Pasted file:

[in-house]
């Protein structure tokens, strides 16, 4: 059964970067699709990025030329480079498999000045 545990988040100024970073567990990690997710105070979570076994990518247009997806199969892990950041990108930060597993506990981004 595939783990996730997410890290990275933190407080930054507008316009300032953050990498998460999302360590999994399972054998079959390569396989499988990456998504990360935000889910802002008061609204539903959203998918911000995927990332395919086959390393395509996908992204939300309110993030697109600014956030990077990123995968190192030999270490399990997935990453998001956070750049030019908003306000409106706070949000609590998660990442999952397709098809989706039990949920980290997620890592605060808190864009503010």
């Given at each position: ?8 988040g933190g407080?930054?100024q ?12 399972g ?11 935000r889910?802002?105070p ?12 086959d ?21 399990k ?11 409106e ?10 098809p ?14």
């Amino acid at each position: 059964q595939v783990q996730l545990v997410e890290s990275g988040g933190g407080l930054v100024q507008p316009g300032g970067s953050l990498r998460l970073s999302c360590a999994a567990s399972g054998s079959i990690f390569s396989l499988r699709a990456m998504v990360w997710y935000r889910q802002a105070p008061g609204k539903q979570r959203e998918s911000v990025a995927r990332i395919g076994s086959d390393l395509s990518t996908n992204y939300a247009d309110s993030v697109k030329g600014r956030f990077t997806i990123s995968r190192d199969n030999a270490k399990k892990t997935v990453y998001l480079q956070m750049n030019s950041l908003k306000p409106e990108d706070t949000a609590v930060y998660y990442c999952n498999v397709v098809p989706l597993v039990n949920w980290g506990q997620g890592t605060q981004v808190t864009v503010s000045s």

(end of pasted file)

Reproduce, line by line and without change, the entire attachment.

[in-house]
């Protein structure tokens, strides 16, 4: 059964970067699709990025030329480079498999000045 545990988040100024970073567990990690997710105070979570076994990518247009997806199969892990950041990108930060597993506990981004 595939783990996730997410890290990275933190407080930054507008316009300032953050990498998460999302360590999994399972054998079959390569396989499988990456998504990360935000889910802002008061609204539903959203998918911000995927990332395919086959390393395509996908992204939300309110993030697109600014956030990077990123995968190192030999270490399990997935990453998001956070750049030019908003306000409106706070949000609590998660990442999952397709098809989706039990949920980290997620890592605060808190864009503010």
């Given at each position: ?8 988040g933190g407080?930054?100024q ?12 399972g ?11 935000r889910?802002?105070p ?12 086959d ?21 399990k ?11 409106e ?10 098809p ?14």
């Amino acid at each position: 059964q595939v783990q996730l545990v997410e890290s990275g988040g933190g407080l930054v100024q507008p316009g300032g970067s953050l990498r998460l970073s999302c360590a999994a567990s399972g054998s079959i990690f390569s396989l499988r699709a990456m998504v990360w997710y935000r889910q802002a105070p008061g609204k539903q979570r959203e998918s911000v990025a995927r990332i395919g076994s086959d390393l395509s990518t996908n992204y939300a247009d309110s993030v697109k030329g600014r956030f990077t997806i990123s995968r190192d199969n030999a270490k399990k892990t997935v990453y998001l480079q956070m750049n030019s950041l908003k306000p409106e990108d706070t949000a609590v930060y998660y990442c999952n498999v397709v098809p989706l597993v039990n949920w980290g506990q997620g890592t605060q981004v808190t864009v503010s000045s």